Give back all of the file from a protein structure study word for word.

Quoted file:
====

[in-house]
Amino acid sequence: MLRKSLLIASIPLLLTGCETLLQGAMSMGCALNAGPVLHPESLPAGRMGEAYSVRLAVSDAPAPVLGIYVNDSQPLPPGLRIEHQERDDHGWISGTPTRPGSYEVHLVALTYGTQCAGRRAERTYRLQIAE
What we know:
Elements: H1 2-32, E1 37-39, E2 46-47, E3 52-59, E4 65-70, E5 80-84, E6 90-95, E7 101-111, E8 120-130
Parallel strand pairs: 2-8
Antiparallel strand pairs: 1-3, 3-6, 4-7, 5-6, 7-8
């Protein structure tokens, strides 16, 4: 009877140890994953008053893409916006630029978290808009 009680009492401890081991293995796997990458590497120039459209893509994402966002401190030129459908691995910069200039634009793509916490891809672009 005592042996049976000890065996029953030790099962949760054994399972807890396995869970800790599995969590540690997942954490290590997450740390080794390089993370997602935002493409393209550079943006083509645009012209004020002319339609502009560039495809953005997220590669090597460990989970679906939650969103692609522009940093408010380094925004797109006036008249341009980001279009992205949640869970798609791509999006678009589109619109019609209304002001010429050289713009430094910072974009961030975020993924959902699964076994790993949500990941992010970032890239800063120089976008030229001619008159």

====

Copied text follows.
[in-house]
Amino acid sequence: MLRKSLLIASIPLLLTGCETLLQGAMSMGCALNAGPVLHPESLPAGRMGEAYSVRLAVSDAPAPVLGIYVNDSQPLPPGLRIEHQERDDHGWISGTPTRPGSYEVHLVALTYGTQCAGRRAERTYRLQIAE
What we know:
Elements: H1 2-32, E1 37-39, E2 46-47, E3 52-59, E4 65-70, E5 80-84, E6 90-95, E7 101-111, E8 120-130
Parallel strand pairs: 2-8
Antiparallel strand pairs: 1-3, 3-6, 4-7, 5-6, 7-8
């Protein structure tokens, strides 16, 4: 009877140890994953008053893409916006630029978290808009 009680009492401890081991293995796997990458590497120039459209893509994402966002401190030129459908691995910069200039634009793509916490891809672009 005592042996049976000890065996029953030790099962949760054994399972807890396995869970800790599995969590540690997942954490290590997450740390080794390089993370997602935002493409393209550079943006083509645009012209004020002319339609502009560039495809953005997220590669090597460990989970679906939650969103692609522009940093408010380094925004797109006036008249341009980001279009992205949640869970798609791509999006678009589109619109019609209304002001010429050289713009430094910072974009961030975020993924959902699964076994790993949500990941992010970032890239800063120089976008030229001619008159």